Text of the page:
Photo shoots can be tricky—getting the right people, equipment and props can be a challenge, especially when under deadline and on a budget. When food is the subject of the photo shoot, the job gets even more complex.
Below is a list of some key considerations for your next photo shoot, brought to you by Mitchell art directors Allyson McGuire and Bobby Chamberlain.
1. Be Prepared
- Prepare a detailed shot list and have the prop stylist create a prop list and plan for styling each shot. The food styling team will also need to determine a supply list and plan for purchasing fresh produce and food items.
- Develop a shoot schedule and include some flexibility for expected scheduling changes.
2. Know the Brand
- All team members, especially the art directors, need to be brand experts. Know the ins and outs of the brand’s consumer, demographics, color palette, style, objectives and goals.
- Understand what props, lighting and surfaces to use to engage target customers and ultimately sell product and create brand loyalty.
3. Proper Props
- If you think you have enough props, think again! Have a planned set of props for each shot on the list, but know that something is always bound to fall short of looking perfect. Having available options that fit into the branding as back-ups are a necessity.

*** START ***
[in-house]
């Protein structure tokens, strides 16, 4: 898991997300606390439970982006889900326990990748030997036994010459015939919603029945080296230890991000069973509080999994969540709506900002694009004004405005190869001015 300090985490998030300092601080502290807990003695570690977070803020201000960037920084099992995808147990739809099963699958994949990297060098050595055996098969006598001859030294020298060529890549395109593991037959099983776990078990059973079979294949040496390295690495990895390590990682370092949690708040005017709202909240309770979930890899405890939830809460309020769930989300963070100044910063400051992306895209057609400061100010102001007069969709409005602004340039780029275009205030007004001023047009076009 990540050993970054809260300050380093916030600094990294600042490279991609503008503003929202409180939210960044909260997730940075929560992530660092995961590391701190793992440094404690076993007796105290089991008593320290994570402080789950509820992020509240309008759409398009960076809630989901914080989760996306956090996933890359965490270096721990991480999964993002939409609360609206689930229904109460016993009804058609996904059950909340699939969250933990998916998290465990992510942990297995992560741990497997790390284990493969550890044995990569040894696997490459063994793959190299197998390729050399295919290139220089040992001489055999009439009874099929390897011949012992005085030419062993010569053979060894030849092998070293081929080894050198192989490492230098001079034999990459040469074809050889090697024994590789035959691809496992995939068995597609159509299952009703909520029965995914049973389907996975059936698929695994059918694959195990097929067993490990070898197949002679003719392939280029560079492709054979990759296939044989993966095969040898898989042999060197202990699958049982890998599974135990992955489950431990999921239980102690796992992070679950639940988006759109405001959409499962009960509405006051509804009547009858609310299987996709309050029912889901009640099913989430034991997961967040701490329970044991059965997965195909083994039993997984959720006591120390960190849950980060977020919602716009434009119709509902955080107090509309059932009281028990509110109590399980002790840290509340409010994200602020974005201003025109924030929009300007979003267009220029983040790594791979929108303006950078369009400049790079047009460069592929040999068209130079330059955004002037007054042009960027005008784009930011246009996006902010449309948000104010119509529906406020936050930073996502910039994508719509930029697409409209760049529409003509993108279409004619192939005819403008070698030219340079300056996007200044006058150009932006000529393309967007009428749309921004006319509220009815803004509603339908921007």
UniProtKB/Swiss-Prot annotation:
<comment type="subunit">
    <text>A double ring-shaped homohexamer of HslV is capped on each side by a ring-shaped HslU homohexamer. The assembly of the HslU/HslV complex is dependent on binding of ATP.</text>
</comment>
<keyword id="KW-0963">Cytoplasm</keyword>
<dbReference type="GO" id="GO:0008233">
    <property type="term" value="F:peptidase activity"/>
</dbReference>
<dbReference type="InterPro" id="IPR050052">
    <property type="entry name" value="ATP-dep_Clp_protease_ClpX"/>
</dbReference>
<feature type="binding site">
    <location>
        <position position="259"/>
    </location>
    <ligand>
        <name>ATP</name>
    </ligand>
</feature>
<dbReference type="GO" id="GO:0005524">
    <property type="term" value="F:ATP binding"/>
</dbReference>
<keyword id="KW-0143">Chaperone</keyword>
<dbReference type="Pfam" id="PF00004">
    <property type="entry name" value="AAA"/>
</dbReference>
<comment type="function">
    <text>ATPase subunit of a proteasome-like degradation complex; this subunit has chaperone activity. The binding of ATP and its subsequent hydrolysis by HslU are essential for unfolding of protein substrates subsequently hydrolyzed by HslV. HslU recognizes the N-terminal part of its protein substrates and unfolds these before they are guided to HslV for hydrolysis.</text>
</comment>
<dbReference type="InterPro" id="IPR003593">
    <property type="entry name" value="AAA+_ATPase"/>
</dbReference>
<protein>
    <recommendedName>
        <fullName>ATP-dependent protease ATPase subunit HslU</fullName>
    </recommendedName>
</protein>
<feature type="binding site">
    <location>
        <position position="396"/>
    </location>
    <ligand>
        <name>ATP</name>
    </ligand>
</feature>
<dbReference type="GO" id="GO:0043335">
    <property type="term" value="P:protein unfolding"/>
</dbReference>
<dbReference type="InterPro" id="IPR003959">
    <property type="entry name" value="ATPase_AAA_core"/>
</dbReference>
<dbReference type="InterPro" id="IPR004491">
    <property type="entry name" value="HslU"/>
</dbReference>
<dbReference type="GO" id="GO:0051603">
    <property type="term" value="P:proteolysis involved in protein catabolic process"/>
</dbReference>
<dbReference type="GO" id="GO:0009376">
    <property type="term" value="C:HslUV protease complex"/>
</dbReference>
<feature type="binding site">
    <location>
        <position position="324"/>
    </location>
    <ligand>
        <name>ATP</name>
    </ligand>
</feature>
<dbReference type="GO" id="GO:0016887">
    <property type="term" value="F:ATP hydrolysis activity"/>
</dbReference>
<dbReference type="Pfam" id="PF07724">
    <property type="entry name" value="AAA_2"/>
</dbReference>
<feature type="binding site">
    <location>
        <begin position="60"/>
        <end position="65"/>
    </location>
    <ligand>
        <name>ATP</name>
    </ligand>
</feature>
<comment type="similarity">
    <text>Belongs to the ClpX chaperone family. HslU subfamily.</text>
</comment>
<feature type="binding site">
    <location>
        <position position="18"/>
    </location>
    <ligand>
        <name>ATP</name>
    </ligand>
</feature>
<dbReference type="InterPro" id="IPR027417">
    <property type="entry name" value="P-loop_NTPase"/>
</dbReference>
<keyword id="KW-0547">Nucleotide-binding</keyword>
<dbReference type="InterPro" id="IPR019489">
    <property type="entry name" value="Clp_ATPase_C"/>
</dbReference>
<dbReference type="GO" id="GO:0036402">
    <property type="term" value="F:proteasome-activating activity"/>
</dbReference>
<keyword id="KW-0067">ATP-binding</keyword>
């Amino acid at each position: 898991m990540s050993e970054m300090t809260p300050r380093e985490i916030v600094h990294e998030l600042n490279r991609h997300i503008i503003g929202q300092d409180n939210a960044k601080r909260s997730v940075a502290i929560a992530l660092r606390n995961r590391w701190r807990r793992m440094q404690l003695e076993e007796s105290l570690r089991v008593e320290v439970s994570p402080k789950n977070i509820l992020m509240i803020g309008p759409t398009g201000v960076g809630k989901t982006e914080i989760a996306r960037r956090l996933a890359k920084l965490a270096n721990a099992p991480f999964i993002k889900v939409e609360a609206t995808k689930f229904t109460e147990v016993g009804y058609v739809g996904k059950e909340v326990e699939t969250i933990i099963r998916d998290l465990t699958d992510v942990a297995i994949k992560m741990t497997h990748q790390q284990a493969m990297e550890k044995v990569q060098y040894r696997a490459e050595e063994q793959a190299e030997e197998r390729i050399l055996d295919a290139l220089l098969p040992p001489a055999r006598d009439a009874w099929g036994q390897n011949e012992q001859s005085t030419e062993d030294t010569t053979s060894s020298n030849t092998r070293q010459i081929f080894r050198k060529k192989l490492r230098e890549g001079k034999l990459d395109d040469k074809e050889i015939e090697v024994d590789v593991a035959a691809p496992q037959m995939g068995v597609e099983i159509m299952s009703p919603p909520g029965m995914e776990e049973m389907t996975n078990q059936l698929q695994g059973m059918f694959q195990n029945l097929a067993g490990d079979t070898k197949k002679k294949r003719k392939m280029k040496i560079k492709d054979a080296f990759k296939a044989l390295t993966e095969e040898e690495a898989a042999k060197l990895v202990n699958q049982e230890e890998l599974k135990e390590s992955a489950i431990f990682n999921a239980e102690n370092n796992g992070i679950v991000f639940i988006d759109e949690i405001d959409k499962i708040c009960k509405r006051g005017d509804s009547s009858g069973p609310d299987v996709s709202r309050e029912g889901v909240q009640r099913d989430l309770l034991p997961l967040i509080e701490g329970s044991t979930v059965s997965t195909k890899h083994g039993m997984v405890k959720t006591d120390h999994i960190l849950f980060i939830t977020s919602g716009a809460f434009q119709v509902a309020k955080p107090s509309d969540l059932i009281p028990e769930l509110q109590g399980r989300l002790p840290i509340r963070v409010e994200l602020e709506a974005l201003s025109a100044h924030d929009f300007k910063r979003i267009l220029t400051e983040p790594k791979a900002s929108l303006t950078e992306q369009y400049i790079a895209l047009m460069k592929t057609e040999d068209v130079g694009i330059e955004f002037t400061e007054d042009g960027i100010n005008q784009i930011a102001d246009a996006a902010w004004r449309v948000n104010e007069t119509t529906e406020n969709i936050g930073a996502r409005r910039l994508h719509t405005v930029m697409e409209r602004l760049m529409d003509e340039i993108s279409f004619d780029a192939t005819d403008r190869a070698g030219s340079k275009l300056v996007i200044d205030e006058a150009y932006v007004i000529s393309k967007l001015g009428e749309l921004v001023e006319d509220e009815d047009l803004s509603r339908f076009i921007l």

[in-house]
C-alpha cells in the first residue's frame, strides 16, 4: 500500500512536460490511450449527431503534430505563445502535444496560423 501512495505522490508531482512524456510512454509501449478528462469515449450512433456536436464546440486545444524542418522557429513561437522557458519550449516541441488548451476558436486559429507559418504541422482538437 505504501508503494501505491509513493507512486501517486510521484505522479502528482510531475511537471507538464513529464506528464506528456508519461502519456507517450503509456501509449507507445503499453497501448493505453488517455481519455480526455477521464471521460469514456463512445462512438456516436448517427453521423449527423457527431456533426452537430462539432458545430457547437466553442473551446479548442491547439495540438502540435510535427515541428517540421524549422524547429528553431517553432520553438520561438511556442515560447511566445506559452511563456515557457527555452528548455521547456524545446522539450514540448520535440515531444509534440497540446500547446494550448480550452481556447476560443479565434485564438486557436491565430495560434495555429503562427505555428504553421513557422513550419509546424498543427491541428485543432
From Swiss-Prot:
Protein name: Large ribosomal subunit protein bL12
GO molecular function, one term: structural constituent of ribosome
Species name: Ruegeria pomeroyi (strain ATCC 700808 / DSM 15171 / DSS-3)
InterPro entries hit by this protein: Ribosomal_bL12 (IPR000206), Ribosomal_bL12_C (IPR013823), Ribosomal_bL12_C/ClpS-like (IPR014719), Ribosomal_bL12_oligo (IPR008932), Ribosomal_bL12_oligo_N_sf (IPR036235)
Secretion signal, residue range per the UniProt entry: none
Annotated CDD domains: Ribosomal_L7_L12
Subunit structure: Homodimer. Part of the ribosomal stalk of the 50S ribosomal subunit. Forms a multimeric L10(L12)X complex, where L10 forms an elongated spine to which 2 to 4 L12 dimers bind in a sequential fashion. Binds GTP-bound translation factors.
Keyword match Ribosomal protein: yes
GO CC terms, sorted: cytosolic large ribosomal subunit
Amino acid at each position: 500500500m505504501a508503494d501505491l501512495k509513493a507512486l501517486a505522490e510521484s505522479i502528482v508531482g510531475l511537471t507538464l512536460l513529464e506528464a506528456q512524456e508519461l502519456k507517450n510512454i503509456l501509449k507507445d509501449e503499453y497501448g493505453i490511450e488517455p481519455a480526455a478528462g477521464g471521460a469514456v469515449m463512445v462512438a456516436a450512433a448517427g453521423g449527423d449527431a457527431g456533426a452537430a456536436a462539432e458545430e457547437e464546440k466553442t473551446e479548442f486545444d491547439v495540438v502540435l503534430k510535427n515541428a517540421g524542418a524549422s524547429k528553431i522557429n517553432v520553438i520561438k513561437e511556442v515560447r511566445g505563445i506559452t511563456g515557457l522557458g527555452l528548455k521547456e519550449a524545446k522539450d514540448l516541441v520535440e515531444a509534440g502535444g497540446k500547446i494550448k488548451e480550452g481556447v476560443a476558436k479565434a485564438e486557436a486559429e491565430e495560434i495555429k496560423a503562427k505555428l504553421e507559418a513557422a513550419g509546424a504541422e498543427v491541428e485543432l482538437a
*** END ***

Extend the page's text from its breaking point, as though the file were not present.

- You can’t have too many tables. Use small tables for staging upcoming shots. Organize props on longer banquet tables. Keep a table for props that have been used in previous shots to help you avoid reuse.
4. The Crew
- Analyze the scope and budget for your shoot. In addition to a photographer, consider a prop stylist, food stylist and art director/creative director.
- Make sure to keep the client involved in the shoot.
5. The shot
- Shoot when the food is ready. Food surfaces can change and if you’re not ready when the food is, your dish may look unappetizing.
- Make sure food has the right lighting, reflecting the time of day that it would be served, and make sure food is adequately lit to show proper texture and detail to maximize appetite appeal.